A Pattern Language: Towns, Buildings, Construction

Front Cover
Oxford University Press, 1977 - Architecture - 1171 pages
160 Reviews
You can use this book to design a house for yourself with your family; you can use it to work with your neighbors to improve your town and neighborhood; you can use it to design an office, or a workshop, or a public building. And you can use it to guide you in the actual process of construction.

After a ten-year silence, Christopher Alexander and his colleagues at the Center for Environmental Structure are now publishing a major statement in the form of three books which will, in their words, "lay the basis for an entirely new approach to architecture, building and planning, which will we hope replace existing ideas and practices entirely." The three books are The Timeless Way of Building, The Oregon Experiment, and this book, A Pattern Language.

At the core of these books is the idea that people should design for themselves their own houses, streets, and communities. This idea may be radical (it implies a radical transformation of the architectural profession) but it comes simply from the observation that most of the wonderful places of the world were not made by architects but by the people.

At the core of the books, too, is the point that in designing their environments people always rely on certain "languages," which, like the languages we speak, allow them to articulate and communicate an infinite variety of designs within a forma system which gives them coherence. This book provides a language of this kind. It will enable a person to make a design for almost any kind of building, or any part of the built environment.

"Patterns," the units of this language, are answers to design problems (How high should a window sill be? How many stories should a building have? How much space in a neighborhood should be devoted to grass and trees?). More than 250 of the patterns in this pattern language are given: each consists of a problem statement, a discussion of the problem with an illustration, and a solution. As the authors say in their introduction, many of the patterns are archetypal, so deeply rooted in the nature of things that it seemly likely that they will be a part of human nature, and human action, as much in five hundred years as they are today.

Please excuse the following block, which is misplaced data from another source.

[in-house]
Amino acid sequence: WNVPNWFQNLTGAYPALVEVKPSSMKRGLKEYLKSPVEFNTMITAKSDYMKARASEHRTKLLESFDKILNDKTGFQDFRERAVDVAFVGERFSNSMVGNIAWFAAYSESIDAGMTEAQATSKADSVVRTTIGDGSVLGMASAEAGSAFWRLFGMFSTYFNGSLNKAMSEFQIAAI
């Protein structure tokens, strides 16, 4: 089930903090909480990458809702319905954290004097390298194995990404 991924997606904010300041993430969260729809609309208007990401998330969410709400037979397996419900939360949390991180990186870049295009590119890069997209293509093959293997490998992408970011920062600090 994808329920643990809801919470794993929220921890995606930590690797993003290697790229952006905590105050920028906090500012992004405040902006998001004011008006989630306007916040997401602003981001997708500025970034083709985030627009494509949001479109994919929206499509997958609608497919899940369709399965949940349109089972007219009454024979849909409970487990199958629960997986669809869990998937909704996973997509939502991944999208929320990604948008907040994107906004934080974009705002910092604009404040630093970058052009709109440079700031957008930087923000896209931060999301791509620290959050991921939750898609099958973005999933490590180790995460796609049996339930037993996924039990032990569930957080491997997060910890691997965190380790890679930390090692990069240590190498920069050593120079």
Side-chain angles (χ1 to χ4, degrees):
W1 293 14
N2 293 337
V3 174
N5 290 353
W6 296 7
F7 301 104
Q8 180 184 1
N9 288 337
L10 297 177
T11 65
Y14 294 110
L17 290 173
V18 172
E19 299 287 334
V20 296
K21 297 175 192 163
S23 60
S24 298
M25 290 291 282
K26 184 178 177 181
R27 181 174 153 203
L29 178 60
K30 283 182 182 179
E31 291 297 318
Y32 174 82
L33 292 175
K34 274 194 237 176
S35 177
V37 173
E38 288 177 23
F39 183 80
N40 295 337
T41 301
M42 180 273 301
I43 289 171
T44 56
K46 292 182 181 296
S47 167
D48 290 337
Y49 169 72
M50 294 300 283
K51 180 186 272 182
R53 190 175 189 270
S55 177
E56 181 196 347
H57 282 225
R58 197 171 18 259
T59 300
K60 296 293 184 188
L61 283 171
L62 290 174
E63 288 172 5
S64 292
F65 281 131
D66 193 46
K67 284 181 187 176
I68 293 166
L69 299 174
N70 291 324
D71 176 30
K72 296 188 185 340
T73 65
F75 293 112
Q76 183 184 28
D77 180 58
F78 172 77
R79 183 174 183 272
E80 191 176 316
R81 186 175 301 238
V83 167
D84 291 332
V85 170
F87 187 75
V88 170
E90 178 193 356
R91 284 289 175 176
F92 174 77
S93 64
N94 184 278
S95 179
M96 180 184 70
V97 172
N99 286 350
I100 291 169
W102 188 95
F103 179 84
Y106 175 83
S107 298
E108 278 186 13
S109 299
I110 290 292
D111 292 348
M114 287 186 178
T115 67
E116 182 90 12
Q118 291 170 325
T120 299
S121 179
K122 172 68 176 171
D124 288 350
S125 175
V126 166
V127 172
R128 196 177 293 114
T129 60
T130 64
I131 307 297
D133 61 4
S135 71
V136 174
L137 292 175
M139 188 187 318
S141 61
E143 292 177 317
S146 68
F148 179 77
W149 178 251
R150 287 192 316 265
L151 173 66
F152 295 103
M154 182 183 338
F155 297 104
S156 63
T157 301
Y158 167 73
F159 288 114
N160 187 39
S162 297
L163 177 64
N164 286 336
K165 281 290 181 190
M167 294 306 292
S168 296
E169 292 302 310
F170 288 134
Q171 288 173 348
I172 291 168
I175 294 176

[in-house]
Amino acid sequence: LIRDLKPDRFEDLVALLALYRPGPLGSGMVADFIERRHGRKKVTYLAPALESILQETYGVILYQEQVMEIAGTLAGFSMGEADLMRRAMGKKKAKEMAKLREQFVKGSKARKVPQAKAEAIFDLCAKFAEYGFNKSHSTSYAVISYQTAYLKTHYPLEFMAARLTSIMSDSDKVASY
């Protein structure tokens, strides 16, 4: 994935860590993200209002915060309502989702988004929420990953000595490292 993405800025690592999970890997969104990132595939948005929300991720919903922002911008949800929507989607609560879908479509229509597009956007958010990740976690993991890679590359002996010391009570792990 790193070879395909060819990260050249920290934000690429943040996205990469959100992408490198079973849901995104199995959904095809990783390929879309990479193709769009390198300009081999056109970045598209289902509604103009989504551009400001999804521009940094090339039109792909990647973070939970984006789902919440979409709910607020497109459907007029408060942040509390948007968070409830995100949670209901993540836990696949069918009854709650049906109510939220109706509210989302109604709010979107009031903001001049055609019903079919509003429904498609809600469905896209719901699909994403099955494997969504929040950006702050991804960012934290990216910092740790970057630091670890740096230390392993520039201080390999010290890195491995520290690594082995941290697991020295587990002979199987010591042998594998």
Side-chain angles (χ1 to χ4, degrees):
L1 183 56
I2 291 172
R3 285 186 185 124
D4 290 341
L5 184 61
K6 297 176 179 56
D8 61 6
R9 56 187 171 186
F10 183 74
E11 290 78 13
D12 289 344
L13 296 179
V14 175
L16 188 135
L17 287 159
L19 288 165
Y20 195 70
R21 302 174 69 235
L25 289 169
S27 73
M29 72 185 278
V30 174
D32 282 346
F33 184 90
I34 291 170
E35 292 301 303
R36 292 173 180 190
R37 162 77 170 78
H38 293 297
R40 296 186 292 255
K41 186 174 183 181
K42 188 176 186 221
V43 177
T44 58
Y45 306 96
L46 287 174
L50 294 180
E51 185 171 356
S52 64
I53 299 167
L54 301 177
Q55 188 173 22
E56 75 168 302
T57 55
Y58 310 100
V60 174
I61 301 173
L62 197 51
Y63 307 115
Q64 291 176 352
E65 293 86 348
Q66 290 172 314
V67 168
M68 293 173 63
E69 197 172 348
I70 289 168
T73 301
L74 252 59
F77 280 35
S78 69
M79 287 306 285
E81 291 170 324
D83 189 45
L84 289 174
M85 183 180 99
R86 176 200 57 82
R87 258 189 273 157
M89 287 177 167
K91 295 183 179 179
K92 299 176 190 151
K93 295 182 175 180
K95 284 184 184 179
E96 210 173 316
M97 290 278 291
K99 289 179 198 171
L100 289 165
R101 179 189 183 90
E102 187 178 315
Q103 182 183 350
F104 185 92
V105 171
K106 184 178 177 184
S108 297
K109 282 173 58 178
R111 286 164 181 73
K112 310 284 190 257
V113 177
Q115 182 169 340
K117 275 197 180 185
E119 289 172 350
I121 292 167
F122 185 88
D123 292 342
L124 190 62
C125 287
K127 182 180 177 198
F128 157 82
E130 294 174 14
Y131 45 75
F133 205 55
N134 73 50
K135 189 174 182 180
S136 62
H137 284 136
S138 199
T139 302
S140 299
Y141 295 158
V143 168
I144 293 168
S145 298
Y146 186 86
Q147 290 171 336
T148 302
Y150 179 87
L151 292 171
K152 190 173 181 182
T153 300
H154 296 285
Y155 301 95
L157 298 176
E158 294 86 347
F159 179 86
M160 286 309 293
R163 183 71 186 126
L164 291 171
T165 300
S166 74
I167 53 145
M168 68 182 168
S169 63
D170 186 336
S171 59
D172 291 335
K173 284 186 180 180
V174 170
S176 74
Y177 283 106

What people are saying - Write a review

User ratings

5 stars
4 stars
3 stars
2 stars
1 star

A good reference book that you can dip into and out of. - Goodreads
Not I! The writing was also a little dull sometimes. - Goodreads
The Not So Big House books are based on this research) - Goodreads
Scientific research does not work like that however. - Goodreads
More of a reference and a one-time-read. - Goodreads

Review: A Pattern Language: Towns, Buildings, Construction

User Review  - Will Szal - Goodreads

Background and Overview "A Pattern Language" is exactly as the title describes. The book is a language for describing and organizing patterns. It presents 253 patterns from large [on the scale of ... Read full review

Review: A Pattern Language: Towns, Buildings, Construction

User Review  - Tony Grosinger - Goodreads

Interesting, but extremely long. It also seemed like the whole book would never apply to everyone. Some people would like the parts about constructing houses, others would like parts about designing cities, etc, but no one would really be fully engaged by the whole book. Read full review

All 6 reviews »



Common terms and phrases

References to this book

Site Planning
Kevin Lynch
Limited preview - 1984
All Book Search results »

About the author (1977)

Christopher Alexander, winner of the first medal for research ever awarded by the American Institute of Architects, is an architect and builder who has built in many countries. He is also Professor of Architecture at the University of California, Berkeley, and Director of the Center for Environmental Structure.